However, the late Queen is probably more identified with Balmoral Castle than Holyroodhouse. This is unsurprising as she spent far more time there (usually from late July until early October). In past years, she was sometimes seen walking on her estate or in the nearby village of Ballater, invariably wearing a headscarf. In the days when she sailed into Aberdeen Harbour aboard the Royal Yacht Britannia (which was decommissioned in 1997), at the end of her traditional cruise up the west coast of Scotland, small clusters of local residents would line the fifty-mile route to Balmoral in order to wave to the Queen, as she passed by in her Rolls Royce car.

Each week when in residence (pre-pandemic), Her Majesty travelled across the little bridge over the River Dee from the Castle (hence the name Royal Deeside) to attend the Sunday morning service at Crathie Church. Interestingly, on the last weekend of her long life, although she was no longer able to attend the service in person, the Queen entertained the Moderator of the Church of Scotland, The Right Rev Dr Iain Greenshields, who was preaching at Crathie, to dine at Balmoral on the Saturday evening and, after an overnight stay, to partake of Sunday lunch at the Castle the following day. Dr Greenshields remembers that ‘It was a fantastic visit. Her memory was absolutely amazing and she was really full of fun’.

Another ‘hardy annual’ in the calendar at Balmoral was the Queen’s attendance (as Patron) at the nearby Braemar Gathering. Although the royal party (which included the Duke of Edinburgh and Prince Charles) usually remained for only an hour, their attendance at these highland games (with a busy mix of a tug o’ war, highland dancing, hill race and caber [log] tossing) helped to attract a turnout of tourists from around the world. The Queen loved the sound of the bagpipes (according to one of her personal Royal Pipers she had a finely tuned ear) as the pipers marched ahead of the royal cars as they processed towards the showground’s Royal Pavilion.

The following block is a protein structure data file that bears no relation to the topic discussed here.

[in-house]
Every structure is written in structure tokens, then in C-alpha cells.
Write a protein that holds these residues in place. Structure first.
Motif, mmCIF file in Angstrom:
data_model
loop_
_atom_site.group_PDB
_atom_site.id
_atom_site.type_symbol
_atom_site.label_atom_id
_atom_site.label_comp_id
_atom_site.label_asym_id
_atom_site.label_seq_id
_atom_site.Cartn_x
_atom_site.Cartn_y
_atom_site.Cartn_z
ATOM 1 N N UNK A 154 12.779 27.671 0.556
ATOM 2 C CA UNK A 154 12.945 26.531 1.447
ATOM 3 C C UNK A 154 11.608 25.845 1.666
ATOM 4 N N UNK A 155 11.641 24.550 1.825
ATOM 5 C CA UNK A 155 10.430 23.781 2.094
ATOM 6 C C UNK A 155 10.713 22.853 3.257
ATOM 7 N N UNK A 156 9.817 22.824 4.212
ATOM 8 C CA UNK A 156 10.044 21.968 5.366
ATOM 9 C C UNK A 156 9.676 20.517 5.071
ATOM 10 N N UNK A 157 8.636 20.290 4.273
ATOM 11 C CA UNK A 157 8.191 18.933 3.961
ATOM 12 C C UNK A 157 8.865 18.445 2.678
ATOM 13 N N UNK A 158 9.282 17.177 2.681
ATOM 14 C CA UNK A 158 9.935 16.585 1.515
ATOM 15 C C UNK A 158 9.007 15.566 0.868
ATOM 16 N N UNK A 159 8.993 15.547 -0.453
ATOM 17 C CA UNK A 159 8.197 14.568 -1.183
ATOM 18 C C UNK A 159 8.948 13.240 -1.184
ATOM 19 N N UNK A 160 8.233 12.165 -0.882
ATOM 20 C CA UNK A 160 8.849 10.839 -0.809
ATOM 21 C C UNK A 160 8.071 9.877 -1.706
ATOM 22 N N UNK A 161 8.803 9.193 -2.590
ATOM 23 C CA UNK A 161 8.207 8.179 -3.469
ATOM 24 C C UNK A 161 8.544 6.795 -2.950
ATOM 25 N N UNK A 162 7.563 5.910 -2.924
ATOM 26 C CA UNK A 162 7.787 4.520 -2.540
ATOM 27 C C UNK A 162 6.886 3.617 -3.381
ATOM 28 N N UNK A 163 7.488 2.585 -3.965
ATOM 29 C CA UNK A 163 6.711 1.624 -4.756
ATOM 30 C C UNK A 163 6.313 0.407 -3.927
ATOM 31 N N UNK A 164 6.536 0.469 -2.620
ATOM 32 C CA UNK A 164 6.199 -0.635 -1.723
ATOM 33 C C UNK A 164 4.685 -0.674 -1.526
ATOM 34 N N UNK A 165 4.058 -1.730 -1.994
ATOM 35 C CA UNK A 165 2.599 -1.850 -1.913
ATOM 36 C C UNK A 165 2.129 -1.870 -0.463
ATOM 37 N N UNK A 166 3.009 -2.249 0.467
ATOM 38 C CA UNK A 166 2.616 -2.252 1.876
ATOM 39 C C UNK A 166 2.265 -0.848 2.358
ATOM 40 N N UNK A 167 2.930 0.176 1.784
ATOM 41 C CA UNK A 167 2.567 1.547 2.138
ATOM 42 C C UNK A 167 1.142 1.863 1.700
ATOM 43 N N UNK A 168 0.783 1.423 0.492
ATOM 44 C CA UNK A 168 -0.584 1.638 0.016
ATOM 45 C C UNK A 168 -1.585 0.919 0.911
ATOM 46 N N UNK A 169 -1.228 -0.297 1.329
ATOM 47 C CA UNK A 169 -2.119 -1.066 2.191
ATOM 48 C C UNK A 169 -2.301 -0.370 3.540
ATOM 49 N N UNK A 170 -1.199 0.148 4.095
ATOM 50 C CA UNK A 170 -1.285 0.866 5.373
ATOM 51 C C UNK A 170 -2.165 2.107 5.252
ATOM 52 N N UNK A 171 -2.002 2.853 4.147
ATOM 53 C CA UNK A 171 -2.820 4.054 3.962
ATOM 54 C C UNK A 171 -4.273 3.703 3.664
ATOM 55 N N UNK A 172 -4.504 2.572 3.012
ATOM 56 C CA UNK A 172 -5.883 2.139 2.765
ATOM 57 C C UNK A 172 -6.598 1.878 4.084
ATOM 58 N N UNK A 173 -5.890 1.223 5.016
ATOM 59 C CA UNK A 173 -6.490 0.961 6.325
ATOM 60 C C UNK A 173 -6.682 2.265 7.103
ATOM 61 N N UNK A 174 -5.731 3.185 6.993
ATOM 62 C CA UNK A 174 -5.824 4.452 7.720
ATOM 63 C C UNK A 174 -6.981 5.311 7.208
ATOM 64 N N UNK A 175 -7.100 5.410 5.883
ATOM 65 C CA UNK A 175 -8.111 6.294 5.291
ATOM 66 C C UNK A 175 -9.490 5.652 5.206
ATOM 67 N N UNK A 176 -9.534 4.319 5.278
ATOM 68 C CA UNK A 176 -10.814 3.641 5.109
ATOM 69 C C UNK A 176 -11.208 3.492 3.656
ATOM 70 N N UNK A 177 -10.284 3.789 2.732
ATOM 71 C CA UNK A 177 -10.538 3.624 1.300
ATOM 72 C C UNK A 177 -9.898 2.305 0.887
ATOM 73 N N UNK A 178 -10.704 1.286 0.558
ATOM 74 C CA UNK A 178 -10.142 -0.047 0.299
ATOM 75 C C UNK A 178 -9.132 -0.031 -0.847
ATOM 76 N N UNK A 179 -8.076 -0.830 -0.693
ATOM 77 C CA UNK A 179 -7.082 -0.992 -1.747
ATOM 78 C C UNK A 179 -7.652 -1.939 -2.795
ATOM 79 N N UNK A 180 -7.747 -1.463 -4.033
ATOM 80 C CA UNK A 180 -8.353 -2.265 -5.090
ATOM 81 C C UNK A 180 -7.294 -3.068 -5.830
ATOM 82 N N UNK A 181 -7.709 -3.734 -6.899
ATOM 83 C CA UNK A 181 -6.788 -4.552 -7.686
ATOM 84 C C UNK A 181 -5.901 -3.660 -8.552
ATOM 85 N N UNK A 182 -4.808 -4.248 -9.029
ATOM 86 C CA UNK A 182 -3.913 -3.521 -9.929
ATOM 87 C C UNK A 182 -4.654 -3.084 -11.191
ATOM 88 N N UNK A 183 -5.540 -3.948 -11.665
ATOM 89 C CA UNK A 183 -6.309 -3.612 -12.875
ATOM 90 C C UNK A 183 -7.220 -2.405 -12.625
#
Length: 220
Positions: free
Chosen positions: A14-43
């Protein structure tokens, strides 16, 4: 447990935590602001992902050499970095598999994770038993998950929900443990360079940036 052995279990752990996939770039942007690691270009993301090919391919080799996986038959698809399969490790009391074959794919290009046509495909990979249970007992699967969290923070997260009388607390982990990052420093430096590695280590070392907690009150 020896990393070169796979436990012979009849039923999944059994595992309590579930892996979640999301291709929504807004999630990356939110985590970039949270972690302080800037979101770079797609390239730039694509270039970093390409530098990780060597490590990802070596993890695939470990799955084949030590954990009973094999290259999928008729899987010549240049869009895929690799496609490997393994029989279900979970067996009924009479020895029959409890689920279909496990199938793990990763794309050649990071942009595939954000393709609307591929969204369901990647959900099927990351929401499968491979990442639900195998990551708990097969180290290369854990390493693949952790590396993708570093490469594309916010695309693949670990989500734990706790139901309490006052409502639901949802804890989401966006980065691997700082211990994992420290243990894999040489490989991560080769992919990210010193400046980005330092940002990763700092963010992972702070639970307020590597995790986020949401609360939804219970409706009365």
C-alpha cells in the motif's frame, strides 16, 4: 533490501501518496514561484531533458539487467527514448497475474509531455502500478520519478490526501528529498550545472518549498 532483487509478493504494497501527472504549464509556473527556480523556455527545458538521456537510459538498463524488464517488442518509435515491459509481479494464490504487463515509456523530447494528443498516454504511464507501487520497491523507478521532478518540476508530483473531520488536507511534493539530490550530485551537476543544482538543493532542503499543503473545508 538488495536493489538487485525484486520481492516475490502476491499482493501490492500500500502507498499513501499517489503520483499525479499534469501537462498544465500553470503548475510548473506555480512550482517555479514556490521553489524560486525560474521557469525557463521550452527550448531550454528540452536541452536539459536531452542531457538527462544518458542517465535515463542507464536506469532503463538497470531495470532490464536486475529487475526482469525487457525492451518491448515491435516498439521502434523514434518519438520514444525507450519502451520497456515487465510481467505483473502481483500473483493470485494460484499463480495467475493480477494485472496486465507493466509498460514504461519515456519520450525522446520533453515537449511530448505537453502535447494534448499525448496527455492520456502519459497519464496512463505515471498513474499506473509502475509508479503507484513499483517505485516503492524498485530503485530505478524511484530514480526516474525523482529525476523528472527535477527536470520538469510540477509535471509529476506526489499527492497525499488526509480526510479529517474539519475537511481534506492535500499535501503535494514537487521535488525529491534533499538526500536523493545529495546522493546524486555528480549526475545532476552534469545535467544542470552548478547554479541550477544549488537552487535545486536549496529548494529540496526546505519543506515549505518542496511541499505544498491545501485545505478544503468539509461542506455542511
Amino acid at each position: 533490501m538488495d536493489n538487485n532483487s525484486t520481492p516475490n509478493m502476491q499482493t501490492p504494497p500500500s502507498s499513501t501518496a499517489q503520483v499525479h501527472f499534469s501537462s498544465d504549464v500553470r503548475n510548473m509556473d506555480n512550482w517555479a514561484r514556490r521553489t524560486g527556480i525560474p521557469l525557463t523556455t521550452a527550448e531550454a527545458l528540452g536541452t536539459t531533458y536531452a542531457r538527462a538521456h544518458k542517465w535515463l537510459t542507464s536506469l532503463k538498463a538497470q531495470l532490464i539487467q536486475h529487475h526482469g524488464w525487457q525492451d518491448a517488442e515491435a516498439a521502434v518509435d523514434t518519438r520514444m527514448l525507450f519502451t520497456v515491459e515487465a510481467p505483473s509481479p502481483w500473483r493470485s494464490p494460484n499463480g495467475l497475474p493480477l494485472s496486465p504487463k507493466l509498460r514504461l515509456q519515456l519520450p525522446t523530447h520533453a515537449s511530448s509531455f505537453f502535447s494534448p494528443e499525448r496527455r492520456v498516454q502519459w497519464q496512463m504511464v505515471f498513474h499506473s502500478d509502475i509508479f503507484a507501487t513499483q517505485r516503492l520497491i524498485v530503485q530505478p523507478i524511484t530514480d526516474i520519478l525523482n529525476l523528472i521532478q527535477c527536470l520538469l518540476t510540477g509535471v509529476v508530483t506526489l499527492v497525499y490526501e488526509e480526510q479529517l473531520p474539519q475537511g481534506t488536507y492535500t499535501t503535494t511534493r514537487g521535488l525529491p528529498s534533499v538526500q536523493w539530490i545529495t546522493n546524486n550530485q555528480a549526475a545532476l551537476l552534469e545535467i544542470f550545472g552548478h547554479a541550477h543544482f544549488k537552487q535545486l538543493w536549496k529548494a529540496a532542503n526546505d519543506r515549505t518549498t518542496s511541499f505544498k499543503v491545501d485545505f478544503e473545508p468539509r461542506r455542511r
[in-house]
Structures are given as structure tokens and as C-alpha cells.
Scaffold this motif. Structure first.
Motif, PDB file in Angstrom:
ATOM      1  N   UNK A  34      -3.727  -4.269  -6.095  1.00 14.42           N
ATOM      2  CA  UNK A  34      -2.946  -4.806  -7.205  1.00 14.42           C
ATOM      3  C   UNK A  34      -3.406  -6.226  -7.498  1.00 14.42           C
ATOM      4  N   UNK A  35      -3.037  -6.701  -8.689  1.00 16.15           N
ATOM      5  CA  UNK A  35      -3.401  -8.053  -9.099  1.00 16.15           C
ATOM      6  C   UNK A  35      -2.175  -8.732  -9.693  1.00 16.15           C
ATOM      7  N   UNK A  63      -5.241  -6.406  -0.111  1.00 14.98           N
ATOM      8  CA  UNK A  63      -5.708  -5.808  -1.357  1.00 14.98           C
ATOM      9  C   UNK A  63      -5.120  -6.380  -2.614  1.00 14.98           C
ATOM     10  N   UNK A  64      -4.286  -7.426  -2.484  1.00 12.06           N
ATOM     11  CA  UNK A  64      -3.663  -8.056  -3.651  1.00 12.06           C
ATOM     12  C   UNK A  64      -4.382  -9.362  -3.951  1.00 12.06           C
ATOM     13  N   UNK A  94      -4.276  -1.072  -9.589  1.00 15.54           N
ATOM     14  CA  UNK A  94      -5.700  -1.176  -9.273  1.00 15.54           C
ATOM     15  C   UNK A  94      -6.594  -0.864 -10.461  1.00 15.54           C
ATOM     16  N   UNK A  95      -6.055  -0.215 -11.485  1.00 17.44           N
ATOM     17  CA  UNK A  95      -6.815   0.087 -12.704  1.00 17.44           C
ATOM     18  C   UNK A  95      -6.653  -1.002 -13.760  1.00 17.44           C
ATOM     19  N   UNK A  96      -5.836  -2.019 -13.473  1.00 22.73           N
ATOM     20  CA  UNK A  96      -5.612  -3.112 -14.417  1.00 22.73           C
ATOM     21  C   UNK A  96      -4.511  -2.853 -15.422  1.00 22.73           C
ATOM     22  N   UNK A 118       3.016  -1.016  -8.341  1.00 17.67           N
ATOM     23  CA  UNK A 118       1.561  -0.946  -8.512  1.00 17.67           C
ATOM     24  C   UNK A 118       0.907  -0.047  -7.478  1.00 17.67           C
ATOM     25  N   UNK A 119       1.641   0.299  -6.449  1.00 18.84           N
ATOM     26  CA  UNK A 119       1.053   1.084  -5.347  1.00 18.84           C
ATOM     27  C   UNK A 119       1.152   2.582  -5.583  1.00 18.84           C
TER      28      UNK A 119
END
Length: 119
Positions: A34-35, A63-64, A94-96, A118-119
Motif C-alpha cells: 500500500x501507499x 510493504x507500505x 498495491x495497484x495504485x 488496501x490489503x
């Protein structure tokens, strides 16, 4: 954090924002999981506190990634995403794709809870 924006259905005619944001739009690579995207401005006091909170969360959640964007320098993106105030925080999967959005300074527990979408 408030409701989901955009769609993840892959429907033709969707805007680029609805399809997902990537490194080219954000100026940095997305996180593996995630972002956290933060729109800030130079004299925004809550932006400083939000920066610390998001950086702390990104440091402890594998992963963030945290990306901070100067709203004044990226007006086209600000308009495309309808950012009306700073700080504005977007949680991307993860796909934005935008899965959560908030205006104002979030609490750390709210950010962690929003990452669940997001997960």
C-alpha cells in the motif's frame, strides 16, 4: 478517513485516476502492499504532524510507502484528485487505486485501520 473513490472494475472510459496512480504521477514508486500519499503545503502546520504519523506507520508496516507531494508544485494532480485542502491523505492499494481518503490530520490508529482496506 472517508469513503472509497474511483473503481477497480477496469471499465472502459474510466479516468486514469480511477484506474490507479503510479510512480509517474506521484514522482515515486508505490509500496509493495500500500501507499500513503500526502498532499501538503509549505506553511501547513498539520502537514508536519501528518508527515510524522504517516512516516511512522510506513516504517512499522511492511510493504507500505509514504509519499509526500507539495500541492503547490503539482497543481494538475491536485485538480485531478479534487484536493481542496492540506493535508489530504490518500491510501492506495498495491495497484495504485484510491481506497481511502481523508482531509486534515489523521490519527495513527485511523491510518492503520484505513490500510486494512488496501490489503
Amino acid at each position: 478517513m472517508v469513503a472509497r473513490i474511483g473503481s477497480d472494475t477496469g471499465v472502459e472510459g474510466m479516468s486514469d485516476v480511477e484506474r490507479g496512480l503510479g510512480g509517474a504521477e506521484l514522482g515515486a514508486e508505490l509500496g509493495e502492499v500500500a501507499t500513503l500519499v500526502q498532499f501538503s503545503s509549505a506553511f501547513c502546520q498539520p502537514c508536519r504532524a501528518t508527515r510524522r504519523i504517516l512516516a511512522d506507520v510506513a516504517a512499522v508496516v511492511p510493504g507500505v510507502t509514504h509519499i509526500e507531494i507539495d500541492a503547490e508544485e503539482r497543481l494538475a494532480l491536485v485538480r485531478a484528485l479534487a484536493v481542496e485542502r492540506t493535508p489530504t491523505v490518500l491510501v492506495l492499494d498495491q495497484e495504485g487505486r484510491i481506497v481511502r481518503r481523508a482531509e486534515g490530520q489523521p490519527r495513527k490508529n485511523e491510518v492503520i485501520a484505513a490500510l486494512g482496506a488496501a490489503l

But of course, in addition to relaxation, the Queen was never off duty at Balmoral. The red boxes followed her from London each day, with official documents to be perused and signed. Her Majesty also invited her Prime Minister and his/her spouse each year for a weekend stay. Although there were elements of fun to the visit, such as an informal evening barbecue somewhere on the Balmoral estate, the Prime Minister also had an audience with the Queen. Indeed, given the royal work ethic, it is hardly surprising that the last image of our late Sovereign was of Her Majesty undertaking one of her main constitutional duties: the receiving of the Hon. Liss Truss MP, the newly elected leader of the Conservative Party, to invite her to form a government as Prime Minister.

The new King (Charles III) also has a deep love of Scotland, some of it thanks to the influence of his late grandmother, Queen Elizabeth the Queen Mother, a member of the aristocratic Bowes-Lyon family, with deep roots in Glamis and the county of Angus (Forfarshire of old). Previously, His Majesty was known here as the Duke of Rothesay and Lord of the Isles. As such, he has regularly toured the islands and mainland of Scotland, involving himself with many projects, such as a major restoration programme at Dumfries House, which has brought work to many locals. However, the late Queen Elizabeth II has set a very high benchmark: to many (indeed, the vast majority) she was a Queen Regnant without equal.

Robert Prentice is a biographer and regular contributor to ‘Majesty’ magazine in the United Kingdom. His biography, ‘Princess Olga of Yugoslavia: Her Life and Times’ is available to purchase in hardback or as an e-book through Amazon.